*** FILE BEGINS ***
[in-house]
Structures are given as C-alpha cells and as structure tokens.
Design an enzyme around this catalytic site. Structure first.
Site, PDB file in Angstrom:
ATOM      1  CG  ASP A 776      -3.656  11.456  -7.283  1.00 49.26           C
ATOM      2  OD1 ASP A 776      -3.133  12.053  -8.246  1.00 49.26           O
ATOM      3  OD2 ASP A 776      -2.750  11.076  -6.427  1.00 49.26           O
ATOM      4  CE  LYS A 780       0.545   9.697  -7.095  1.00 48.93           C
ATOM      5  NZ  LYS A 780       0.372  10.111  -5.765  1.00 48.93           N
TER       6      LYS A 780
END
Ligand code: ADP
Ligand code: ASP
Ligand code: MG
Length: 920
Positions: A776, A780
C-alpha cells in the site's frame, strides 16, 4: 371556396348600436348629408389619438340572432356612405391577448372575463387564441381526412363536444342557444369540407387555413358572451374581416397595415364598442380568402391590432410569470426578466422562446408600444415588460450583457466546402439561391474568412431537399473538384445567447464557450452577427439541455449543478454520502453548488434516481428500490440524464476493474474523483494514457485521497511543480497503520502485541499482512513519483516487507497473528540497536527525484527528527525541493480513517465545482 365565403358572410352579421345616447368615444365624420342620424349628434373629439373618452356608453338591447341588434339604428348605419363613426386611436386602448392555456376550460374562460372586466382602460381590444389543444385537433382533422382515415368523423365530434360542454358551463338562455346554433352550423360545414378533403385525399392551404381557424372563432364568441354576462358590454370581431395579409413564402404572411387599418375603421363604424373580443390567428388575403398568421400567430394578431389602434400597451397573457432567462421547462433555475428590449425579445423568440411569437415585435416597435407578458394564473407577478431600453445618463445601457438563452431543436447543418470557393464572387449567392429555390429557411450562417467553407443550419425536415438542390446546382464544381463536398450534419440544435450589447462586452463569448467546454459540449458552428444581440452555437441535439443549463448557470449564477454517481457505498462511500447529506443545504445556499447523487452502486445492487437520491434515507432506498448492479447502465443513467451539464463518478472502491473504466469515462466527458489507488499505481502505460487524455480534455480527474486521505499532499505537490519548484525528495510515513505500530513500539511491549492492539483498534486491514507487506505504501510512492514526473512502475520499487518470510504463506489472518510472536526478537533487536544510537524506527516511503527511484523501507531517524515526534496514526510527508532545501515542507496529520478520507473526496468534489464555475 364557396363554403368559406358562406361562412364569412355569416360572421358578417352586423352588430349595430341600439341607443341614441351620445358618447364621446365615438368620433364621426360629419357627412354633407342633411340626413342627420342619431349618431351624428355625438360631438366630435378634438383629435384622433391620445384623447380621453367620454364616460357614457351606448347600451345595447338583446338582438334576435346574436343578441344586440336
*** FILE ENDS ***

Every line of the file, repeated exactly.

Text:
[in-house]
Structures are given as C-alpha cells and as structure tokens.
Design an enzyme around this catalytic site. Structure first.
Site, PDB file in Angstrom:
ATOM      1  CG  ASP A 776      -3.656  11.456  -7.283  1.00 49.26           C
ATOM      2  OD1 ASP A 776      -3.133  12.053  -8.246  1.00 49.26           O
ATOM      3  OD2 ASP A 776      -2.750  11.076  -6.427  1.00 49.26           O
ATOM      4  CE  LYS A 780       0.545   9.697  -7.095  1.00 48.93           C
ATOM      5  NZ  LYS A 780       0.372  10.111  -5.765  1.00 48.93           N
TER       6      LYS A 780
END
Ligand code: ADP
Ligand code: ASP
Ligand code: MG
Length: 920
Positions: A776, A780
C-alpha cells in the site's frame, strides 16, 4: 371556396348600436348629408389619438340572432356612405391577448372575463387564441381526412363536444342557444369540407387555413358572451374581416397595415364598442380568402391590432410569470426578466422562446408600444415588460450583457466546402439561391474568412431537399473538384445567447464557450452577427439541455449543478454520502453548488434516481428500490440524464476493474474523483494514457485521497511543480497503520502485541499482512513519483516487507497473528540497536527525484527528527525541493480513517465545482 365565403358572410352579421345616447368615444365624420342620424349628434373629439373618452356608453338591447341588434339604428348605419363613426386611436386602448392555456376550460374562460372586466382602460381590444389543444385537433382533422382515415368523423365530434360542454358551463338562455346554433352550423360545414378533403385525399392551404381557424372563432364568441354576462358590454370581431395579409413564402404572411387599418375603421363604424373580443390567428388575403398568421400567430394578431389602434400597451397573457432567462421547462433555475428590449425579445423568440411569437415585435416597435407578458394564473407577478431600453445618463445601457438563452431543436447543418470557393464572387449567392429555390429557411450562417467553407443550419425536415438542390446546382464544381463536398450534419440544435450589447462586452463569448467546454459540449458552428444581440452555437441535439443549463448557470449564477454517481457505498462511500447529506443545504445556499447523487452502486445492487437520491434515507432506498448492479447502465443513467451539464463518478472502491473504466469515462466527458489507488499505481502505460487524455480534455480527474486521505499532499505537490519548484525528495510515513505500530513500539511491549492492539483498534486491514507487506505504501510512492514526473512502475520499487518470510504463506489472518510472536526478537533487536544510537524506527516511503527511484523501507531517524515526534496514526510527508532545501515542507496529520478520507473526496468534489464555475 364557396363554403368559406358562406361562412364569412355569416360572421358578417352586423352588430349595430341600439341607443341614441351620445358618447364621446365615438368620433364621426360629419357627412354633407342633411340626413342627420342619431349618431351624428355625438360631438366630435378634438383629435384622433391620445384623447380621453367620454364616460357614457351606448347600451345595447338583446338582438334576435346574436343578441344586440336